World War I and Remembrance Day
What are World War I and Remembrance Day?
World War I lasted from 1914-1918. Since World War I ended, every year on 11 November we remember the people in the armed forces who died in battle. This is called Remembrance Day. It also marks the day that World War I ended in 1918.
World War I involved two main sides: the Allied Powers, which included Great Britain and France, and the Central Powers, which included Germany and Austria-Hungary. Many people were killed or wounded in World War I.
Top 10 facts
- World War I began on 28 July 1914 and ended on 11 November 1918.
- World War I was called ‘The Great War’ until World War II began in 1939, which also involved countries from all around the world.
- An Armistice was signed that ended World War I at 11:00am on 11 November, 1918. This meant that the countries that were fighting against each other agreed to stop.
- The peace treaty that ended World War I is the Treaty of Versailles – this was signed in 1919.
- Remembrance Day is 11 November every year – the same day that World War I ended. It is also known as Armistice Day.
- Poppies became a symbol of World War I because they have grown around some of the places where battles were fought. A soldier named John McCrae wrote a famous poem, ‘In Flanders Fields’, which was inspired by seeing these poppies.
- Many people wear a red poppy pinned to their coat in honour of Remembrance Day.
- Every year, paper poppies are sold by the Royal British Legion to raise money to help people in the armed forces today.
- The Sunday before Remembrance Day is called Remembrance Sunday. There are special ceremonies around the country on this day, including one in London that the Queen takes part in.
- On Remembrance Sunday, wreaths of poppies are laid on the Cenotaph, which is a war memorial in London.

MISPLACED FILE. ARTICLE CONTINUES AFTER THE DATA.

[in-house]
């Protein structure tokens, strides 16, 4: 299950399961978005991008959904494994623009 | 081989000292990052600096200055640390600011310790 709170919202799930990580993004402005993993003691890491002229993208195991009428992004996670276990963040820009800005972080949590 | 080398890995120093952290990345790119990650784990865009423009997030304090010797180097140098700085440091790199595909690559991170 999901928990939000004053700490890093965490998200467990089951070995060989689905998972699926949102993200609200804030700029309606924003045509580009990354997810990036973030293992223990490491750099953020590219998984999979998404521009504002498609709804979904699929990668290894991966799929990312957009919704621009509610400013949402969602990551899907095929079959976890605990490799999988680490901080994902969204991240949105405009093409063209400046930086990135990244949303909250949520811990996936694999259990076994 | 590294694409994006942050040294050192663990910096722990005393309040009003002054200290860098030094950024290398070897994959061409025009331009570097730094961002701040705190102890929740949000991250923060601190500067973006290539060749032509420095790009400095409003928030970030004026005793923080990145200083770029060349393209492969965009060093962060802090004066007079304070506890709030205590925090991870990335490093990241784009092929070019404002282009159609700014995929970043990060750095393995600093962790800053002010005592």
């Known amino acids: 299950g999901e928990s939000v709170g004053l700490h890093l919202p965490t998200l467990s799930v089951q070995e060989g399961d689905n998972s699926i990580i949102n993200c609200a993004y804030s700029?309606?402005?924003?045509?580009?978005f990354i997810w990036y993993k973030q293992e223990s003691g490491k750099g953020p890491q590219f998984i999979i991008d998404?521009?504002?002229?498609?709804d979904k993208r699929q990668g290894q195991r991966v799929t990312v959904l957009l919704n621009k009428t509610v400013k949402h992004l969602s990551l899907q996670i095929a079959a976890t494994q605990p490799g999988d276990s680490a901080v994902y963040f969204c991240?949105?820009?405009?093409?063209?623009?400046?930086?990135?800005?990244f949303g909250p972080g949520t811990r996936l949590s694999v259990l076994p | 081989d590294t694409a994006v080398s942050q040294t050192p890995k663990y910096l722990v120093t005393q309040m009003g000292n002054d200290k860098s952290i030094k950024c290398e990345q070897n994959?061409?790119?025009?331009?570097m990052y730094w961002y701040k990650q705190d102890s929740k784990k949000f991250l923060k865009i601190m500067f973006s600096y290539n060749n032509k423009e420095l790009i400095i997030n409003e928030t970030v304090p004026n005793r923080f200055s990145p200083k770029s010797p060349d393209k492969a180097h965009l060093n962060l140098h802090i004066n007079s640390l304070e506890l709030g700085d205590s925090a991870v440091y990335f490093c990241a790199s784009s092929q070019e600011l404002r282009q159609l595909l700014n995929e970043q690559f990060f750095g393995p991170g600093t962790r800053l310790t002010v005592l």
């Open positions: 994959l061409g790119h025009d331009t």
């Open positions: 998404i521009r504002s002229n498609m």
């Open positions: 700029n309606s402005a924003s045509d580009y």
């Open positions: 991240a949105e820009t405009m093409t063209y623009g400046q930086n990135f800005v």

Did you know?
- To remember when World War I ended, think of the number 11. It ended on 11 November 1918 (the 11th day of the 11th month), at 11:00am.
- Remembrance Day is always 11 November, and the second Sunday in November is called Remembrance Sunday. Special ceremonies are held all around the country on this day.
- On Christmas Day in 1914, soldiers stopped fighting. They sang carols together, and even gave each other presents.
- Before World War II began, World War I was known as The Great War.
- World War I was the first war where tanks were used.
Browse through the gallery and see if you can spot the following:
- World War I soldiers in the trenches
- World War I British Army uniform
- Wreaths of poppies on a war memorial
- Map of Allied (Entente) and Central Powers in Europe
World War I didn’t just start overnight. Countries in Europe had been pretty angry at each other for a while, but what most people think was the last straw in this long argument happened in 1914. Franz Ferdinand, who was next in line to the throne of Austria-Hungary, was shot and killed in Sarajevo, Bosnia. Someone from Serbia did this, and Serbia was one of Austria-Hungary’s main enemies. Austria-Hungary eventually declared war on Serbia, but since Germany was allied with Austria-Hungary, they also declared war on Serbia. Russia was allied with Serbia, so the war had two countries on each side.
Great Britain got involved in the war because they had promised a while ago to protect Belgium, and Germany had declared war on Belgium.
Great Britain was on the side of the Allied Powers, which were also called the Entente Powers. Some of the other countries in this group were:
- The United States
On the other side were the Central Powers, which included:
- Ottoman Empire
World War I ended on 11 November 1918, when the Allies and Germany signed an Armistice that meant they each agreed to stop fighting. This went into effect at 11:00am.
During the months after this, Germany and the Allies agreed to terms of peace. These were laid out in the Treaty of Versailles, which was signed on 28 June 1919.
Over 16 million people died during World War I. One of the largest battles of World War I was the Battle of the Somme in France. It lasted from 1 July to 18 November 1916. Around 1 million people were killed or wounded during that time.
Remembrance Day, also called Armistice Day, is on 11 November every year since King George V declared it in 1919. It is a time to think about those in the armed forces who have died in battle, not just in World War I. At 11am on Remembrance Sunday (the Sunday before Remembrance Day), there is a two-minute silence. There are also special ceremonies on Remembrance Sunday all over the country, including one in London at the Cenotaph war memorial.